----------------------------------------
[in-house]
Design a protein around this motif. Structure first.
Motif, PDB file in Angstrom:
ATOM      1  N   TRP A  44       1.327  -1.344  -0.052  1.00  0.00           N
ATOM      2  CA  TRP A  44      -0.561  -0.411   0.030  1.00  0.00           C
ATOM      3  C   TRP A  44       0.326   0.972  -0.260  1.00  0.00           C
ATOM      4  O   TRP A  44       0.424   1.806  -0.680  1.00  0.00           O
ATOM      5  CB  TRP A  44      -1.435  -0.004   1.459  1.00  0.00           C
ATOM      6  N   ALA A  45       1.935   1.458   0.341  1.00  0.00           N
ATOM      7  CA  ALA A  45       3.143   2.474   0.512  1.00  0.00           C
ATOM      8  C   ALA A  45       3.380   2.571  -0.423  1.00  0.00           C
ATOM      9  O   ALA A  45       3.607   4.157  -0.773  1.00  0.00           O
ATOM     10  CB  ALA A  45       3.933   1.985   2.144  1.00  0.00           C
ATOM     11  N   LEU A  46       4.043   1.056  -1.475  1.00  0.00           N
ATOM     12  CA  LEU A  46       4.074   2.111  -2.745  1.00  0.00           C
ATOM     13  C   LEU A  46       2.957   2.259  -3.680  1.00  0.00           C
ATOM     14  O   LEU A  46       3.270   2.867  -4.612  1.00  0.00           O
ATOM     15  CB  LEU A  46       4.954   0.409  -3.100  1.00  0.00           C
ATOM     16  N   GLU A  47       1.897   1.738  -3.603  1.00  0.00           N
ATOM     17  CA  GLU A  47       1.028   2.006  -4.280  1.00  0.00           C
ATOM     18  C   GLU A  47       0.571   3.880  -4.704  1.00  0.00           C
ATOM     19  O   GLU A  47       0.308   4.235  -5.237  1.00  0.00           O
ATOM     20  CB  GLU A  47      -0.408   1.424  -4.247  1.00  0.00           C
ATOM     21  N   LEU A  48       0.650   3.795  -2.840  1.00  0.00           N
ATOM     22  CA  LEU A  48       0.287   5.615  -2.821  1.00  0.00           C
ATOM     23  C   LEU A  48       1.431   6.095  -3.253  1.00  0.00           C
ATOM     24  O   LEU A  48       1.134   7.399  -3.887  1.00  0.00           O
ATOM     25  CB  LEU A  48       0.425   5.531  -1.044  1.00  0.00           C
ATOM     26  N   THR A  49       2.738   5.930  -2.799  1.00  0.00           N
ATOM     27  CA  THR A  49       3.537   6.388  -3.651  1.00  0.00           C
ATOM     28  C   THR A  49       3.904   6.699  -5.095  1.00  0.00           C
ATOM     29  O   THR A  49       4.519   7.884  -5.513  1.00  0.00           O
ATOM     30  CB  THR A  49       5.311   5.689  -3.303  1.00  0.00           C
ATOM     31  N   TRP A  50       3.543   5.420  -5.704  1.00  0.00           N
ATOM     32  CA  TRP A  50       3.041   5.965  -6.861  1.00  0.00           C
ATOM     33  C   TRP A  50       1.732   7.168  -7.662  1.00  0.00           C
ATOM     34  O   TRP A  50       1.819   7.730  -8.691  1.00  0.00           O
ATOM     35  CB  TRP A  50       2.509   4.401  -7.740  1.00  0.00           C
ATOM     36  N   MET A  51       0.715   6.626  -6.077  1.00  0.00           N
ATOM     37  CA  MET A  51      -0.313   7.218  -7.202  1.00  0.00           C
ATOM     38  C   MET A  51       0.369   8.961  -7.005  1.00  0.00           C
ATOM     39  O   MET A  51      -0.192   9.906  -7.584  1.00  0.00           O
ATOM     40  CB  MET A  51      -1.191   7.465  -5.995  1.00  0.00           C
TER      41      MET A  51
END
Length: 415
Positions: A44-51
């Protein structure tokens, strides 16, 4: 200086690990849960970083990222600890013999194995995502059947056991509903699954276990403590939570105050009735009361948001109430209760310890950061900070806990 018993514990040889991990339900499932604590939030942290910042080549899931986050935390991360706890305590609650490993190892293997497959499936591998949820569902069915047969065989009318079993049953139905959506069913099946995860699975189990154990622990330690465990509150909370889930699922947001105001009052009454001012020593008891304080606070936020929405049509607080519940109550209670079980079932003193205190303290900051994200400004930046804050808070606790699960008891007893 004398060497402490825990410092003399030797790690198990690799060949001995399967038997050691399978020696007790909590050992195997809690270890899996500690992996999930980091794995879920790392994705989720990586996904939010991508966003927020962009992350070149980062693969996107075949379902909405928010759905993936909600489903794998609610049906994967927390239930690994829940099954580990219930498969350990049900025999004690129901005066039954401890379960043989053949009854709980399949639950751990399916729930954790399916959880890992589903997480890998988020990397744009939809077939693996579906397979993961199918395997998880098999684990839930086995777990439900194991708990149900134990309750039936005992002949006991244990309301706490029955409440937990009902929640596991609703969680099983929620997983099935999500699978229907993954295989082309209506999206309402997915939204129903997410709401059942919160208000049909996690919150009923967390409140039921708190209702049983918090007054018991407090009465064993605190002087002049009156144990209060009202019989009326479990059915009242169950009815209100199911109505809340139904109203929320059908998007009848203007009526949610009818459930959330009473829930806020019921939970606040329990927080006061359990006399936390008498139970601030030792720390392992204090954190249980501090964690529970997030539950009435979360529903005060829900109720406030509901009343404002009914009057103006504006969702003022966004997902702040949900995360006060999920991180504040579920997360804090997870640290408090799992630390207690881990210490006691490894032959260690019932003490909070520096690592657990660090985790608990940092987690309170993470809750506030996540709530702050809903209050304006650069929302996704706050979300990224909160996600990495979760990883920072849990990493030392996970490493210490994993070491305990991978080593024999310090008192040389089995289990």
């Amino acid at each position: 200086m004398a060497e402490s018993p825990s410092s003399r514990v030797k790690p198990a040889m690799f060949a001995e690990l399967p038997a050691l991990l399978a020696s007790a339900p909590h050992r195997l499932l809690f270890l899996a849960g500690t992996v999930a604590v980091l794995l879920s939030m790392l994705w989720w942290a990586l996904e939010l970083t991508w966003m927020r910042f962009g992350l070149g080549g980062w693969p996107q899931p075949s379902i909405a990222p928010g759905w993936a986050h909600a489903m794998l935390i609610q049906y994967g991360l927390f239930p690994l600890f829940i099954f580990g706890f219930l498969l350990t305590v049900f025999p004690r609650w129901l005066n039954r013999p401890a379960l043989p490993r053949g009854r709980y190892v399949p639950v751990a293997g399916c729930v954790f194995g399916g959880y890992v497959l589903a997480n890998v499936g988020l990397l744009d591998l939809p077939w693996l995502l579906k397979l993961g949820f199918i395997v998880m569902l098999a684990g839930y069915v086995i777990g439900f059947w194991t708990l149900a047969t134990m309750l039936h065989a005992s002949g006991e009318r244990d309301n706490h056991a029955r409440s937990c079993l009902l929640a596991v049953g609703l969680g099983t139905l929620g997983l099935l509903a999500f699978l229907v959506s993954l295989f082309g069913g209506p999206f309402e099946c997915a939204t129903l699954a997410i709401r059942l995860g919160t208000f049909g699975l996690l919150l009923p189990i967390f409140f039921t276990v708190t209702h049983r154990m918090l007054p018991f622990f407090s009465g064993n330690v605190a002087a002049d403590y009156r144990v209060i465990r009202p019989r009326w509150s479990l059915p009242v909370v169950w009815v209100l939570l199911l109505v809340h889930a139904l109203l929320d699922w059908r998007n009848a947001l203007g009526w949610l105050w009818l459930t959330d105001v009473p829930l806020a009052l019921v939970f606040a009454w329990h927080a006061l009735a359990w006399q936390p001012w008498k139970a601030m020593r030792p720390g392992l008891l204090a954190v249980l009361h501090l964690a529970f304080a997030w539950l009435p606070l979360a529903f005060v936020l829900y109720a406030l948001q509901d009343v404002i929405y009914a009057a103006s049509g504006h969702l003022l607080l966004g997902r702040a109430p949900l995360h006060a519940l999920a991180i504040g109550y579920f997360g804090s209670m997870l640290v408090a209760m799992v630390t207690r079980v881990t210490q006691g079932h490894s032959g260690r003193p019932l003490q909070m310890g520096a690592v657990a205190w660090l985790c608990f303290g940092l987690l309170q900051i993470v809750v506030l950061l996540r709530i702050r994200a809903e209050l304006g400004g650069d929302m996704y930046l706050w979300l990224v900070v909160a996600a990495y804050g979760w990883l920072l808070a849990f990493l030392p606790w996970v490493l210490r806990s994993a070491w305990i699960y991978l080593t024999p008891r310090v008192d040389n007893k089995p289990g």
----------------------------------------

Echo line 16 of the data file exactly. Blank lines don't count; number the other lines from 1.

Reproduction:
ATOM     13  C   LEU A  46       2.957   2.259  -3.680  1.00  0.00           C